American Bar Association - Probate Process

Probate is a court-supervised legal way to settle a deceased person's estate. It involves paying their debts and outstanding taxes, appraising and distributing property to beneficiaries, and closing the estate. Distribution follows the direction of the decedent or intestacy laws.

An average American may find this process overwhelming because it happens when the family is still grieving. Taking inventory of a loved one's estate, court filings, and contested wills can be intense and time-consuming. Fortunately, unless there are complications, many states have simplified probate laws to shorten the time and effort required to complete them.

Beneficiaries and executors will find this guide helpful in understanding the process's purpose and letting them know what to expect. It also outlines the necessary steps, so everyone knows how close they are to finalizing the process.

What is a Probate Process

Passing on a deceased person's property to another may require a legal process. Family members or friends do not simply pick a property of choice and assume ownership (unless it is a transfer on death—TOD property). Instead, the court oversees the distribution by following the deceased person's posthumous wishes or applying intestacy laws. At the end of the process, all beneficiaries become legal owners of any property they receive.

The probate process allows the deceased's wishes to prevail, while allowing all parties involved to contest the will or seek clarifications when there is a dispute.

Put simply, probate is the process of finalizing the dead person's estate and passing the remainder to their inheritors. It is court-supervised and usually involves validating the last will and testament, which needs to have been finalized before the person dies.

Prepare a Last Will and Testament Now

How to Start a Probate Process

The executor should initiate the probate process as soon as possible following the decedent's death. If there is no pre-assigned executor, an heir usually starts the process.

Quote block: Some states require that the probate process not start for at least 30 days after death. Be sure to check with an attorney or court clerk for state-specific deadlines.

You kick off the process with a petition to the probate court. Below is a step-by-step guide to that process.

A Step-by-Step Overview of the Probate Process

The court is mandated to supervise and ensure that the process happens in accordance with the state's laws.

Here is an overview of what you should expect.

Step 1: Petition to a probate court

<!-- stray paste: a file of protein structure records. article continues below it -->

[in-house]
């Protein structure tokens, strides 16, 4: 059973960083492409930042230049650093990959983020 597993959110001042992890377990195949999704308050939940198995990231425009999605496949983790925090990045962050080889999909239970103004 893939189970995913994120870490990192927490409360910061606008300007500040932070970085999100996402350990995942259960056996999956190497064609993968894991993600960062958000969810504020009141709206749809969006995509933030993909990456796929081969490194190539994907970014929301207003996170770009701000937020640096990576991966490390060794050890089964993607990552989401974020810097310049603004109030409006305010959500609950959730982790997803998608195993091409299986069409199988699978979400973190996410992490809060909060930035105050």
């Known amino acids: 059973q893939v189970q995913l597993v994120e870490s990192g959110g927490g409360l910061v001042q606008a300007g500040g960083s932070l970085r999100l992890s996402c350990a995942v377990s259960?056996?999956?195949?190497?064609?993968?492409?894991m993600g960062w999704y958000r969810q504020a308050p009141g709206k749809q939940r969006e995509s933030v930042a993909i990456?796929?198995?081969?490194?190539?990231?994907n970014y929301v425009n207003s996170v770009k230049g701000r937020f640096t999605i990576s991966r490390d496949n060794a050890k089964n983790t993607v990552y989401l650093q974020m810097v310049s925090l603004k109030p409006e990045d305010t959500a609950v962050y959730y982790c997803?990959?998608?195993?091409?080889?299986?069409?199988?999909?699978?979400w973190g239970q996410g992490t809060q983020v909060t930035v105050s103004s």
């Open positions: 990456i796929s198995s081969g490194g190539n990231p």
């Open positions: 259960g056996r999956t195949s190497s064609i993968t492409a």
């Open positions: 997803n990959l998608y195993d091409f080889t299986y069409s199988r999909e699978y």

The first step is filing the death certificate at the probate court. This action notifies the court of the death and the need to begin succession. You should also file the will if one is available. Even if you are the executor named in the will or not, this petition also requests that the court officially appoint you as the executor.

Your probate court may likely provide a fill-in-the-blanks form to provide details about the deceased, the date of death, surviving spouse or children, and beneficiaries.

Depending on the jurisdiction, you may need to file the petition in the county where the decedent lived at the time of death, where they signed the will, owned property, kept bank accounts, etc. Find out from the court clerk if your petition is at the correct court and if you have filled it out correctly.

Step 2: Identify the assets to probate

Not all of the deceased assets are subject to the probate process. Some automatically go to the beneficiaries or co-owners upon death. Such exempted assets include bank accounts and insurance policies with a designated beneficiary.

Some people may want some of their assets to bypass probate. They do so to shorten the time beneficiaries wait to receive their inheritance. So, many resort to creating trusts, offering gifts to family and friends, or co-owning property in ways that allow automatic transfer to surviving co-owners as options for estate planning.

The executor must, therefore, ask themselves which assets are subject to probate. Taking inventory of such property involves listing all assets and their values.

Probate assets include the following:

  • Personal property/belongings
  • Individually owned assets
  • Tenancy in common property
  • When no beneficiaries are named in non-probate assets.

Be thorough when appraising the decedent's probate assets to avoid a back-and-forth with the court.

Step 3: Identify and pay creditors or debts

The deceased do not take their debts with them to the grave. Their estate must cover such obligations before any asset is distributed to the beneficiaries unless exemptions exist. For example, someone who cosigns a loan may inherit the debt when one party dies.

An executor or a court-assigned administrator uses the decedent's money to pay their outstanding debts. They may sell one or more assets to raise the necessary amount if no money is available.

Sometimes, identifying debts is as simple as reading the will. Other times, it may involve reviewing the deceased's financial records to identify pending bills and unpaid debts.

Step 4: File the deceased's final taxes

This step involves preparing and filing the decedent's taxes as they would if they were alive. You will need to report all income up to the date they died.

  • File a current tax year return.
  • File tax returns for prior years if they had a non-filing status.
  • Pay tax balances they owed.
  • Claim tax refunds

You may find the necessary filing forms on the IRS website.

Step 5: Distribute the assets and close the estate

After paying all debts and taxes, it is time to distribute the remaining probate assets to the beneficiaries. The will typically has a list of beneficiaries and which assets they get. Without a will, the court decides how to distribute based on the state's intestacy laws.

The executor closes the estate by either filing the Final Settlement or a Waiver of the Final Settlement.

How Long Does the Probate Process Last?

According to the American Bar Association, a probate process takes six months on average. That said, every procedure is unique. Some take years to resolve.

Different states have differing rules for how long a probate process should last. In California, for example, the law stipulates up to a year for an executor or administrator to complete the process. However, depending on the size of the estate and whether the will is contested, among other factors, the process can last longer than a year.

Make sure you have your estate in order with our estate planning checklist to ensure that someday, your probate process will run as smoothly as possible.

Helpful Resources:

Internal Revenue Service - File the Final Income Tax Returns of a Deceased Person

California Courts - Wills, Estates, and Probate

American Bar Association - Probate Process